Clarisse told a story that broke my heart:
I was 14... My mom and her sisters began to prepare food and my dad asked my brothers, sisters and me to wear our best clothes because we were about to have a party. Because I didn't know what was going on, I celebrated like everyone else. It was that day I learned that it was my wedding and that I had to join my husband. I tried to escape but was caught. So I found myself with a husband three times older than me... This marriage was supposed to save me from debauchery. School was over, just like that. Ten months later, I found myself with a baby in my arms. One day I decided to run away to stay, but I agreed to come back to my husband if he would let me go back to school. I returned to school, have three children and am in seventh grade.
Clarisse is now 17 years old, and her story of a lost childhood is, unfortunately, all too common, not just in her native Chad, but in many parts of the world. As the United Nations Population Fund's (UNFPA's) The State of World Population 2013: Motherhood in Childhood report succinctly puts it, "When a girl becomes pregnant, her present and future change radically, and rarely for the better." This is true everywhere, but the problem is most acute in the developing world, where 88 percent of all adolescents live. Every day, 20,000 girls below the age of 18 give birth in these developing nations.
Clarisse's story illustrates the sadness that attends so many childhood pregnancies, and the price young girls pay in missed opportunities for personal development. But many girls pay an even higher price. UNFPA's latest research confirms that pregnancy and childbirth are now a leading cause of death for females ages 15 - 19 in developing countries, with some 70,000 adolescent girls dying each year from causes related to pregnancy and childbirth. These statistics are particularly tragic because so many of these deaths are preventable.
In a world confronting so many problems, from natural disasters to armed conflicts to climate change, there is a natural inclination to say, "This is how it has always been, and probably how it will always be. Teen pregnancy is a terrible problem, but we have other priorities we need to address." And that would be a mistake. Because adolescent pregnancy isn't just a problem in Chad and for the nations of the developing world. It's a problem for us all.
More than seven billion of us now share a fragile ecosystem that provides inadequate food, water, shelter and sanitation to a sizable and growing percentage of the human population. And in many cases, population is growing fastest in nations with the fewest resources. Teen pregnancies are contributing to that population growth and damaging the economic potential of many nations in the developing world. If Kenya's more than 220,000 adolescent mothers had gotten jobs instead of getting pregnant, for example, it would have added $3.4 billion to the Kenyan economy, an amount equal to the nation's entire construction sector. And because the development of nations at the bottom of the economic ladder is vital to growth of the overall global economy, issues that handicap that growth hurt us all.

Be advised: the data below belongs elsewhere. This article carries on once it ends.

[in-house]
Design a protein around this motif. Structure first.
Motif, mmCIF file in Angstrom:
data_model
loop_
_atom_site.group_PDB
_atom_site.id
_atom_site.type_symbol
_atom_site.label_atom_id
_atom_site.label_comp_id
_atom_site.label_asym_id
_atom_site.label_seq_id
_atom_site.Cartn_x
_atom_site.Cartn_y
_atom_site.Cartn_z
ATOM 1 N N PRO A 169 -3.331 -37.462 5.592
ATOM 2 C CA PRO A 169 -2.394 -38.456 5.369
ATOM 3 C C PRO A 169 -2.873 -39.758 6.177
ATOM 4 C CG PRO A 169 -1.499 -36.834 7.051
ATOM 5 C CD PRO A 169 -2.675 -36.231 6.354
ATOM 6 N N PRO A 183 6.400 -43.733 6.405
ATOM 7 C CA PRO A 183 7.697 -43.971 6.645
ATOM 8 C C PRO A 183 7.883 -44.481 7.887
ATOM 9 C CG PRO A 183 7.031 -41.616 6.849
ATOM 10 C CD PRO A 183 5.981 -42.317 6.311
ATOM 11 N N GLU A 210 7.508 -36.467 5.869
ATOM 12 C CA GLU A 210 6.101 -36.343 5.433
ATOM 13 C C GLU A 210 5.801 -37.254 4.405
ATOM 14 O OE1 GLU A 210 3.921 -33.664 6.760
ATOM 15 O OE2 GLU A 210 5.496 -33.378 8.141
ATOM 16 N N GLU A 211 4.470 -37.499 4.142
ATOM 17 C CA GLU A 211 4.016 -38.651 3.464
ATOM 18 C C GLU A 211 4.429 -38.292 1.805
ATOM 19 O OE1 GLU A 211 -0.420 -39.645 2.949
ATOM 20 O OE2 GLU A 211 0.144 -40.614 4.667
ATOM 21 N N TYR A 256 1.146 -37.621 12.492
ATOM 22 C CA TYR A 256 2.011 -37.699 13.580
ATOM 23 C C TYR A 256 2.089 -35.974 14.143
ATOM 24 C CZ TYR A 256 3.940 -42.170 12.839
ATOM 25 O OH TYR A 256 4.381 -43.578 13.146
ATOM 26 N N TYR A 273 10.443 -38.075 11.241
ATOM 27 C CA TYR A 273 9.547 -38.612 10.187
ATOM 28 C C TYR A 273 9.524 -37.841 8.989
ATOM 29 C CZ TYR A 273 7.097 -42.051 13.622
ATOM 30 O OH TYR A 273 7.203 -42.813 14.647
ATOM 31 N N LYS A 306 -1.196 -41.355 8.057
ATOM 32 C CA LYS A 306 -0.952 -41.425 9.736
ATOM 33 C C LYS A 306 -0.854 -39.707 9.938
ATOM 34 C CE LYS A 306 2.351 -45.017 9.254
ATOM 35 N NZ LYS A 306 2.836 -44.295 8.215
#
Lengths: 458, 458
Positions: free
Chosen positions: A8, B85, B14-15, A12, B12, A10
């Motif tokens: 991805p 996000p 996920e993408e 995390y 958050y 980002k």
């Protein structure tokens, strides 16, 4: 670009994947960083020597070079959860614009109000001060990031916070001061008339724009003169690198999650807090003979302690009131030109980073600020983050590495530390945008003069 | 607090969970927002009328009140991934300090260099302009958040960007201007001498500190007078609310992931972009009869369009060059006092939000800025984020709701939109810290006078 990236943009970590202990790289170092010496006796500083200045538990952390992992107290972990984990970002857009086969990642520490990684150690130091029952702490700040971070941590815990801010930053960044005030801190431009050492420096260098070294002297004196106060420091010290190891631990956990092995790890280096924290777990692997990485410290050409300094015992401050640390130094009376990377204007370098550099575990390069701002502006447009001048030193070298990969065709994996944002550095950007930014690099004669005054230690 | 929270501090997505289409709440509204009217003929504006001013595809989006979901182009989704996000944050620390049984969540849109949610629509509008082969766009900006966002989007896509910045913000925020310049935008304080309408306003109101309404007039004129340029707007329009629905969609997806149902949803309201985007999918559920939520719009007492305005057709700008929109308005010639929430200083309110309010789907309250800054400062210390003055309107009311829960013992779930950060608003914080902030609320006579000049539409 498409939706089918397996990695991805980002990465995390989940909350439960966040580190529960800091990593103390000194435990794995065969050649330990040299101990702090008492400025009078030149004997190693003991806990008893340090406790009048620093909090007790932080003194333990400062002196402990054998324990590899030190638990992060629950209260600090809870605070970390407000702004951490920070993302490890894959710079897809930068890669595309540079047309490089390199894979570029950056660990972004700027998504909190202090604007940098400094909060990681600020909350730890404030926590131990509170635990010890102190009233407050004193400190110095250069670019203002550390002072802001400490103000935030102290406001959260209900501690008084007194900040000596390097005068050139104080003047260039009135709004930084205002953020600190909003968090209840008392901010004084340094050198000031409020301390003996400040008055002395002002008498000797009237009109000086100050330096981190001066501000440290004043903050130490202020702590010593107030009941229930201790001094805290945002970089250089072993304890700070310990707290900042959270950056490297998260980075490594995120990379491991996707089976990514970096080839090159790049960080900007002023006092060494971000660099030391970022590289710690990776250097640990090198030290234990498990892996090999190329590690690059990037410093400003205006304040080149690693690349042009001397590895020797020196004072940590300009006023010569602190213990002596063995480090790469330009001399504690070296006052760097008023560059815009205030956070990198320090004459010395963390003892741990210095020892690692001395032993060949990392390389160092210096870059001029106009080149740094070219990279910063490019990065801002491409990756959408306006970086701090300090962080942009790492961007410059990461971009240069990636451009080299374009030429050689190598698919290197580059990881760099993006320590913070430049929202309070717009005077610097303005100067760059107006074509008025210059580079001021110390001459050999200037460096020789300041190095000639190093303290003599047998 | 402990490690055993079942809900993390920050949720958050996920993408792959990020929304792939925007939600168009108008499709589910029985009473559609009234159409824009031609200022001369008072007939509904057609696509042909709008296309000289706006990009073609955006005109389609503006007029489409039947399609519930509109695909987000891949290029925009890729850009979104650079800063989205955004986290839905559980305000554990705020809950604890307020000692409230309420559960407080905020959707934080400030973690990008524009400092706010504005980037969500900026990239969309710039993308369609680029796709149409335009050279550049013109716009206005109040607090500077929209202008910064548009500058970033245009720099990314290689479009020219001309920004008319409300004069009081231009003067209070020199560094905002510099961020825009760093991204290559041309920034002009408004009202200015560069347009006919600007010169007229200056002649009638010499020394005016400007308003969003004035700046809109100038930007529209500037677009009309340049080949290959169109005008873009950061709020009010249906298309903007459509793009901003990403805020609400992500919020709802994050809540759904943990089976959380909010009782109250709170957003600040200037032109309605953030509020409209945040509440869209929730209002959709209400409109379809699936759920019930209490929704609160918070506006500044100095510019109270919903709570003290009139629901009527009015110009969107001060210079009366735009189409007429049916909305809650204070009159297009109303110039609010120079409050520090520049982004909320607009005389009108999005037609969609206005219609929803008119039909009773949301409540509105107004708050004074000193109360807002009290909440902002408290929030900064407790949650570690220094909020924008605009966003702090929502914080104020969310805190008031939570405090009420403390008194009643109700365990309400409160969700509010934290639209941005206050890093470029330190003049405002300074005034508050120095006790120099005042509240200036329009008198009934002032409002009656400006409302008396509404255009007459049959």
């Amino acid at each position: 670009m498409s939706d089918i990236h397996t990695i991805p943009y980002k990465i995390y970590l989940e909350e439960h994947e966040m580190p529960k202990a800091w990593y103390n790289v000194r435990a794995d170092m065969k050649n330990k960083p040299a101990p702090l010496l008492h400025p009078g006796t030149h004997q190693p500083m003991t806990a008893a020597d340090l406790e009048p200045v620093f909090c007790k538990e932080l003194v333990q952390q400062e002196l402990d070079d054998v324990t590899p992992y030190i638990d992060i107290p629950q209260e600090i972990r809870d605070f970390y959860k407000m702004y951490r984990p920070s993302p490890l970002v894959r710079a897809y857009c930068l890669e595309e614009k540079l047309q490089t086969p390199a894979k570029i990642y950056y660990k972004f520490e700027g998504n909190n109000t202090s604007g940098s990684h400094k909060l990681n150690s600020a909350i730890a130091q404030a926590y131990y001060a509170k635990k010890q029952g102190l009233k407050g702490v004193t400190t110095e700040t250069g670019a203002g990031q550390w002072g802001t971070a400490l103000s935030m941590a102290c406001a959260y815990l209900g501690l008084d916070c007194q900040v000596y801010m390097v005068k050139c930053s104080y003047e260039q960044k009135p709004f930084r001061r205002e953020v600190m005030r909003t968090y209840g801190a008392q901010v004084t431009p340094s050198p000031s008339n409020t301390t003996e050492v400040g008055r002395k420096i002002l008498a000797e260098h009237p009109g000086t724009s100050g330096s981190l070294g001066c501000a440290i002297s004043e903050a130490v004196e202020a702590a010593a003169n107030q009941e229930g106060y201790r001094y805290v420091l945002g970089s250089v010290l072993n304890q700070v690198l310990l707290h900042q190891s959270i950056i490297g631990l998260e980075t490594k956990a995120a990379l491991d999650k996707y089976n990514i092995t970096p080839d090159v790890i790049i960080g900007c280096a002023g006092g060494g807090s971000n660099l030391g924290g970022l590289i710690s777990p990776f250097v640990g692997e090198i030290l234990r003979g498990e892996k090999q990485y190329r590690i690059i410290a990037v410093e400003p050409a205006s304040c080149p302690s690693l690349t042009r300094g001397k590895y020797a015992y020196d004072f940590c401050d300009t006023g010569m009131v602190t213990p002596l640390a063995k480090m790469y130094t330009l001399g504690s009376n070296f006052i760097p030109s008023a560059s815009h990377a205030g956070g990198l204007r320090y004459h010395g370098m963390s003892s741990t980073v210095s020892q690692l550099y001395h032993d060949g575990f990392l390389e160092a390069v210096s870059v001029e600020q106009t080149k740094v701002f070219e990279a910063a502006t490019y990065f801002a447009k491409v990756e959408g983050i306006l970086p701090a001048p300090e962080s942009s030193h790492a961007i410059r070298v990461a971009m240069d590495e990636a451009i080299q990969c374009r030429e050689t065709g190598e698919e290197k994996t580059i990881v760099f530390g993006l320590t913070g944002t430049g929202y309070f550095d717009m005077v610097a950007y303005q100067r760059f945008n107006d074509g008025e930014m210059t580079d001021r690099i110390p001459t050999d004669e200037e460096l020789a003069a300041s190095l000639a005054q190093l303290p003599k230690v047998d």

Adolescent pregnancy may pose special challenges to the nations of the developing world, but it is problem for developed nations as well. There are currently approximately 680,000 births to adolescent mothers in developed countries annually, with nearly half of those occurring in the United States. The additional costs to U.S. taxpayers for increased health care and foster care, as well as the costs generated by the increased incarceration rate of children of adolescent mothers, is estimated to total nearly $11 billion per year.
Adolescent pregnancy diminishes the life opportunities of girls everywhere, but the cost goes beyond the burden borne by the girls themselves. And that is why it is our collective responsibility to address this problem. We can start by thinking about adolescent pregnancy in new ways, beginning with the understanding that society -- not just the teenage girl -- is the source of the problem. We can advance the human rights of adolescent girls by adopting more enlightened attitudes about gender roles and gender equality. And we can follow that up with specific actions that have demonstrated their effectiveness in reducing adolescent pregnancy.
We must, for example, overcome harmful cultural traditions and historic prejudices, and end child marriage. And since we know that education is a strong prophylactic against teen pregnancy, we must find ways to keep girls in school. We also need to dramatically increase adolescents' access to age-appropriate sexual and reproductive health information and to contraceptive products. And we need to provide better support for adolescent mothers.
Clarisse's story is not over. As a young mother, she has found time to go back to school. She is years behind, but she is working hard to catch up. She, and young mothers like her around the world, need and deserve our help. But we can, and must, do more to help ensure that young girls never have to face the life choices Clarisse had to face. It is within our power to significantly reduce the incidence of adolescent pregnancy, and it is in our collective best interest to do it.